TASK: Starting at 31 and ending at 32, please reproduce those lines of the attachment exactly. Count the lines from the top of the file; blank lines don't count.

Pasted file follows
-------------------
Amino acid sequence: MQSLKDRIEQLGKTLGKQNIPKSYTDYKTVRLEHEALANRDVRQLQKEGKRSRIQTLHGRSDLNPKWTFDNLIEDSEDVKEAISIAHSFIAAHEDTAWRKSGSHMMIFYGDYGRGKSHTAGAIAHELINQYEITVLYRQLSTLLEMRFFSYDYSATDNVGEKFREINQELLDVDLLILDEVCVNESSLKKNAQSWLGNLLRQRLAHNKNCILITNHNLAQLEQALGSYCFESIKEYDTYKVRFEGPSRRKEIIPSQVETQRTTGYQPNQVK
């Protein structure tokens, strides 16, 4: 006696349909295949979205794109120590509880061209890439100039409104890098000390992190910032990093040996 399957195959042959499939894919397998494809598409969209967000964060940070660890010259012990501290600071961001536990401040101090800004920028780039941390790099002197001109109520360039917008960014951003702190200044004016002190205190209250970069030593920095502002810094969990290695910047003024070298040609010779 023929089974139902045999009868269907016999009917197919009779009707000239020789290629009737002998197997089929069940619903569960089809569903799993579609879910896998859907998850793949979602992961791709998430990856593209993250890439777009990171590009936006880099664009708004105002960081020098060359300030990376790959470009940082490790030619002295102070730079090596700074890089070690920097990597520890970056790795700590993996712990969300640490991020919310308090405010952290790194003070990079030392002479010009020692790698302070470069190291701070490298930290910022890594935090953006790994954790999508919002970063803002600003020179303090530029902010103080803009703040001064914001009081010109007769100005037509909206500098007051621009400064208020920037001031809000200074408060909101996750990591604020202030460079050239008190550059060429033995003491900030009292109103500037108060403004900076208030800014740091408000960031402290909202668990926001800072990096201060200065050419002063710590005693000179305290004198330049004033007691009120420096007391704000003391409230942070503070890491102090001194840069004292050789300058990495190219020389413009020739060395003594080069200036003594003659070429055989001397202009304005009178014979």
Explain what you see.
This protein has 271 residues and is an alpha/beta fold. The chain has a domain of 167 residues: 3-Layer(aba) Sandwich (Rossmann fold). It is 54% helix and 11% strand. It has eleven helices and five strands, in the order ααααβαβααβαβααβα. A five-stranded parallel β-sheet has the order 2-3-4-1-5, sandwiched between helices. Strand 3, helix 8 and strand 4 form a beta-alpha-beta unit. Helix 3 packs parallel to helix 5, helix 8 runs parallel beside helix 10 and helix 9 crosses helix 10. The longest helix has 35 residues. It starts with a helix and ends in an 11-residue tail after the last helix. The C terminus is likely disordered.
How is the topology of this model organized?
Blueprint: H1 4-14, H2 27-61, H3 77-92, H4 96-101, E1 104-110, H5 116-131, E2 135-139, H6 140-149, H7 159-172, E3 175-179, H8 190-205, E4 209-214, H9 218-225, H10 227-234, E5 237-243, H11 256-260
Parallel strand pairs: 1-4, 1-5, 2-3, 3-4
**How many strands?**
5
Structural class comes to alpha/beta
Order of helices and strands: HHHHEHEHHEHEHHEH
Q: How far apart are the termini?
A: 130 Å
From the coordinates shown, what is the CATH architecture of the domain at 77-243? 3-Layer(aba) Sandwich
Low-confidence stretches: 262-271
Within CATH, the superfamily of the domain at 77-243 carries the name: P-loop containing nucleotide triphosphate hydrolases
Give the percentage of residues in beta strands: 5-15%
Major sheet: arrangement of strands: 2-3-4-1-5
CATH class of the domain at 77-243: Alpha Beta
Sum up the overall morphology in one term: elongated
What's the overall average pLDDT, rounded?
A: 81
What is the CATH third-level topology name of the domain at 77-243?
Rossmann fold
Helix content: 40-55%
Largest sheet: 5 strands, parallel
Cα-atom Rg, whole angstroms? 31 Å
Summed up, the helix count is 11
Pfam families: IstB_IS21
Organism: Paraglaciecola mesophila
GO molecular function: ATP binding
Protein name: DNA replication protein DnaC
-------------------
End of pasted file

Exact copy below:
GO molecular function: ATP binding
Protein name: DNA replication protein DnaC